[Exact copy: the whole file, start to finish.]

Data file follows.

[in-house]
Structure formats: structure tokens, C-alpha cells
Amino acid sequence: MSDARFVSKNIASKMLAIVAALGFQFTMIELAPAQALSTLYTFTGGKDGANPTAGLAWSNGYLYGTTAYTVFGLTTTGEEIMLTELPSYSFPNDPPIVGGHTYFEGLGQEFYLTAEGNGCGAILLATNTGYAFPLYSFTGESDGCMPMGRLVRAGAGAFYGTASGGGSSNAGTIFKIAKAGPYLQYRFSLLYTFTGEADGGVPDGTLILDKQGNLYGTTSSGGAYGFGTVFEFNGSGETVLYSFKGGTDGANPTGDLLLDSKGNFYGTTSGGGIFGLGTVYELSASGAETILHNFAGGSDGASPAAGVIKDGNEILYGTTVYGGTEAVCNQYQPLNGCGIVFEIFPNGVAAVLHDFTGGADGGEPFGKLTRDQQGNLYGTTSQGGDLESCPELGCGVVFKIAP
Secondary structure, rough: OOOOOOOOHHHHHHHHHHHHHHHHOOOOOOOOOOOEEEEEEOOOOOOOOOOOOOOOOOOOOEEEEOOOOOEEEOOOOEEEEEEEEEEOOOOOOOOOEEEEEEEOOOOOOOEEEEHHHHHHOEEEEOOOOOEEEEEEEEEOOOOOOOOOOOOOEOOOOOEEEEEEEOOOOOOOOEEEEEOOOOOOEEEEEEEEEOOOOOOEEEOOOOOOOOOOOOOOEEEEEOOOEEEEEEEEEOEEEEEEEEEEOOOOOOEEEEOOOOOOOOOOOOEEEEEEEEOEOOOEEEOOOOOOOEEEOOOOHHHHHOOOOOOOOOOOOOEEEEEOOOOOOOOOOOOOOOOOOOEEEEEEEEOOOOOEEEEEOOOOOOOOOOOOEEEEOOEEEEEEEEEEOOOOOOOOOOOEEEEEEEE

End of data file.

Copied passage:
[in-house]
Structure formats: structure tokens, C-alpha cells
Amino acid sequence: MSDARFVSKNIASKMLAIVAALGFQFTMIELAPAQALSTLYTFTGGKDGANPTAGLAWSNGYLYGTTAYTVFGLTTTGEEIMLTELPSYSFPNDPPIVGGHTYFEGLGQEFYLTAEGNGCGAILLATNTGYAFPLYSFTGESDGCMPMGRLVRAGAGAFYGTASGGGSSNAGTIFKIAKAGPYLQYRFSLLYTFTGEADGGVPDGTLILDKQGNLYGTTSSGGAYGFGTVFEFNGSGETVLYSFKGGTDGANPTGDLLLDSKGNFYGTTSGGGIFGLGTVYELSASGAETILHNFAGGSDGASPAAGVIKDGNEILYGTTVYGGTEAVCNQYQPLNGCGIVFEIFPNGVAAVLHDFTGGADGGEPFGKLTRDQQGNLYGTTSQGGDLESCPELGCGVVFKIAP
Secondary structure, rough: OOOOOOOOHHHHHHHHHHHHHHHHOOOOOOOOOOOEEEEEEOOOOOOOOOOOOOOOOOOOOEEEEOOOOOEEEOOOOEEEEEEEEEEOOOOOOOOOEEEEEEEOOOOOOOEEEEHHHHHHOEEEEOOOOOEEEEEEEEEOOOOOOOOOOOOOEOOOOOEEEEEEEOOOOOOOOEEEEEOOOOOOEEEEEEEEEOOOOOOEEEOOOOOOOOOOOOOOEEEEEOOOEEEEEEEEEOEEEEEEEEEEOOOOOOEEEEOOOOOOOOOOOOEEEEEEEEOEOOOEEEOOOOOOOEEEOOOOHHHHHOOOOOOOOOOOOOEEEEEOOOOOOOOOOOOOOOOOOOEEEEEEEEOOOOOEEEEEOOOOOOOOOOOOEEEEOOEEEEEEEEEEOOOOOOOOOOOEEEEEEEE